More than just a band that produced some classic music, they remain iconic, their recordings embraced by each new generation.
Looking to grab albums by one of the most iconic bands of the 60s but don’t know where to start? Let us light your fire.
Communion, confrontation and incandescent music lie at the heart of The Doors’ contribution to popular culture. Thanks to frontman Jim Morrison’s charismatic performances, the LA-based quartet became the most talkedabout band in America from 1967 until Morrison’s death in Paris in July 1971 – in circumstances akin to a murder mystery.
In between they released six studio albums, and the double Absolutely Live, mostly taken from their comeback tour in the aftermath of the notorious Miami show at the Dinner Key Auditorium on March 1, 1969. At that show, Morrison allegedly exposed himself. Four days later a warrant for his arrest was issued on charges of gross public indecency, including simulating oral sex on guitarist Robby Krieger (mimicked by David
Bowie on Mick Ronson three years later).
Riots at Doors concerts were nothing new, nor were arrests for their lead singer. His increasingly erratic, often alcoholinduced misdemeanours –tolerated to a degree by keyboard player Ray Manzarek but less so by Krieger and drummer John Densmore – who threatened to quit if Morrison didn’t clean up his act – only enhanced Morrison’s legend.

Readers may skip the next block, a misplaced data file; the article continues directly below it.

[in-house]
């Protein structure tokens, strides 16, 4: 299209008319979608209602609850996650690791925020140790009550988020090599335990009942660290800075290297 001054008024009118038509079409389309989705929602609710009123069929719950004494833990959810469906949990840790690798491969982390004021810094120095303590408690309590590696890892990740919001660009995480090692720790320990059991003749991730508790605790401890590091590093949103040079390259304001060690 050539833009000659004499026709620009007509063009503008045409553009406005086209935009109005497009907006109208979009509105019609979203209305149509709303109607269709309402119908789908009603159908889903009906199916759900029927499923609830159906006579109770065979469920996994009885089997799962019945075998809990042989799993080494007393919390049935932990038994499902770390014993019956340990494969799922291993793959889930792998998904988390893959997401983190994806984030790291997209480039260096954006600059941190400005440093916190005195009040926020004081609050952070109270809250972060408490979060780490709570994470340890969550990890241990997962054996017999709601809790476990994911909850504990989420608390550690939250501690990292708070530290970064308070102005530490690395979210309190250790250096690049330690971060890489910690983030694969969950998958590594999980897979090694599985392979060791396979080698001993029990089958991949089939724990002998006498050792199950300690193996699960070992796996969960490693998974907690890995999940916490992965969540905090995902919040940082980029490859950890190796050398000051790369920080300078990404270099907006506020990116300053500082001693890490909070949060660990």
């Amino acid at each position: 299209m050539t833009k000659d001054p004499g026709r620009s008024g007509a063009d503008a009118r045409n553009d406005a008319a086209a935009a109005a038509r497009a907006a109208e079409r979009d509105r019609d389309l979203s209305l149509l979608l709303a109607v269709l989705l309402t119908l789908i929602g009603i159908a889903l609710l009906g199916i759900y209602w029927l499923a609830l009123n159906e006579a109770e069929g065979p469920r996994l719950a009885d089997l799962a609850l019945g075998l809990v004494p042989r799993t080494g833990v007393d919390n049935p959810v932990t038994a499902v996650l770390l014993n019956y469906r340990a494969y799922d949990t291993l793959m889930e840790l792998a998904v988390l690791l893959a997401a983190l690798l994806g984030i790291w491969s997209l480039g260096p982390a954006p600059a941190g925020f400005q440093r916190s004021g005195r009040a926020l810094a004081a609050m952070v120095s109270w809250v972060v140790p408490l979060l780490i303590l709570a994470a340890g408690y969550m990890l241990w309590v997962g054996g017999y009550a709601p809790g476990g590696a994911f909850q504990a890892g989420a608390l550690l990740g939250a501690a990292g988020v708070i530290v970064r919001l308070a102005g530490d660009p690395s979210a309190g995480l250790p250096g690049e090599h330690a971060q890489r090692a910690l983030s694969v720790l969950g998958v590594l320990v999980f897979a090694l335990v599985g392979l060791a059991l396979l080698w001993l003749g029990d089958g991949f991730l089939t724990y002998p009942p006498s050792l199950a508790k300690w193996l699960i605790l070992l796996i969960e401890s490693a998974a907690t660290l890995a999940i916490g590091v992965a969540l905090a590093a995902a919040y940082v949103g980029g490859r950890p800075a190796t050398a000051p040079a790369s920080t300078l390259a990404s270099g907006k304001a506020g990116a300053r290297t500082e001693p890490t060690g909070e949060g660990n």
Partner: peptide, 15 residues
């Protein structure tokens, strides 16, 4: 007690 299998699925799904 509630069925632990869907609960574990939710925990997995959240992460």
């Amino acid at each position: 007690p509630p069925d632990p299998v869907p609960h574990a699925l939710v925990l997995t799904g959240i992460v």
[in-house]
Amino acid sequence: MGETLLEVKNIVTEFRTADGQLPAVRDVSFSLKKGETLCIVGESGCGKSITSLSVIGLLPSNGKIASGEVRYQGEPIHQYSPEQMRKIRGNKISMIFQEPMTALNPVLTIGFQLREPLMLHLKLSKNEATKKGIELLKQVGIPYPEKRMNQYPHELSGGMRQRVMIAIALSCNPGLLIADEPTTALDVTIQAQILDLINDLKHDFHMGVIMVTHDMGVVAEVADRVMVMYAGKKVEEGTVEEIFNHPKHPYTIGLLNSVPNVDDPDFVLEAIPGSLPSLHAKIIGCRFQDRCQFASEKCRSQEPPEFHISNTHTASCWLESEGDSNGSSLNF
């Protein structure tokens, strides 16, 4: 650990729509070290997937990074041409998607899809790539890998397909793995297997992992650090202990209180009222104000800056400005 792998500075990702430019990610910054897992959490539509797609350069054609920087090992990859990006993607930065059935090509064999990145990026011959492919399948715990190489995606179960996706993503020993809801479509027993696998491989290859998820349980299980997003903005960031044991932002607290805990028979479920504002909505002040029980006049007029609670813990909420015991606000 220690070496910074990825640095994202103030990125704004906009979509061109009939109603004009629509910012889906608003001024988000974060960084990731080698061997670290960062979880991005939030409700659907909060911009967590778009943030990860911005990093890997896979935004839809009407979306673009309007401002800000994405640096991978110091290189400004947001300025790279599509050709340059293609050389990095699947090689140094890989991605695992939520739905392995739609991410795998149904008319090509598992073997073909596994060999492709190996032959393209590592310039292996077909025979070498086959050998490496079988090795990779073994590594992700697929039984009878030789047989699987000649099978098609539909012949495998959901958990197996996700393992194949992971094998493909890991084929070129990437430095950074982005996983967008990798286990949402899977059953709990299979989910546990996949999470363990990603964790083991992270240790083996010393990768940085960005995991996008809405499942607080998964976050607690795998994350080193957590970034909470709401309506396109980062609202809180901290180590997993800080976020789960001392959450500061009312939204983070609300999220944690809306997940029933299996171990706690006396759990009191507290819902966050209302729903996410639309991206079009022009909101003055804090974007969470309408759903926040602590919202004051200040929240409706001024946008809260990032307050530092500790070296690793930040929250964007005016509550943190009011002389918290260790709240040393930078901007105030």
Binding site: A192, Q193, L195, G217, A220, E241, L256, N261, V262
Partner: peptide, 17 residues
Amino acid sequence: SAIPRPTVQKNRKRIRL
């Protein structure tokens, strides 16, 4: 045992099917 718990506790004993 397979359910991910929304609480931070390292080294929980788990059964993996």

The Doors’ final show, at the Warehouse in New Orleans on December 12, 1970, ended abruptly with Morrison smashing the microphone stand through the stage before lurching to the wings. A bulky, heavily bearded Morrison made amends by completing the L.A. Woman album that month in The Doors Workshop, their office transformed into a makeshift studio, close to the bars and sleazy joints that became his natural milieu.
An idiosyncratic individual to say the least, Morrison’s presence always galvanised The Doors, a band that combined a weird take on the blues, elements of Latin American beats and forays into poetry, orchestration, shamanistic hallucinations and a strain of dark Brechtian pop whose elusive nature kept The Doors as sinister as they could be playful. They had a unique chemistry, and even when the experiments exploded, they produced something with unusual integrity. Given the antiseptic nature of much current music, The Doors retain an edge – fires were lit and danger was embraced. If you can’t keep a good man down, try handling a bad one. Start your engines – it’s going to be a bumpy ride.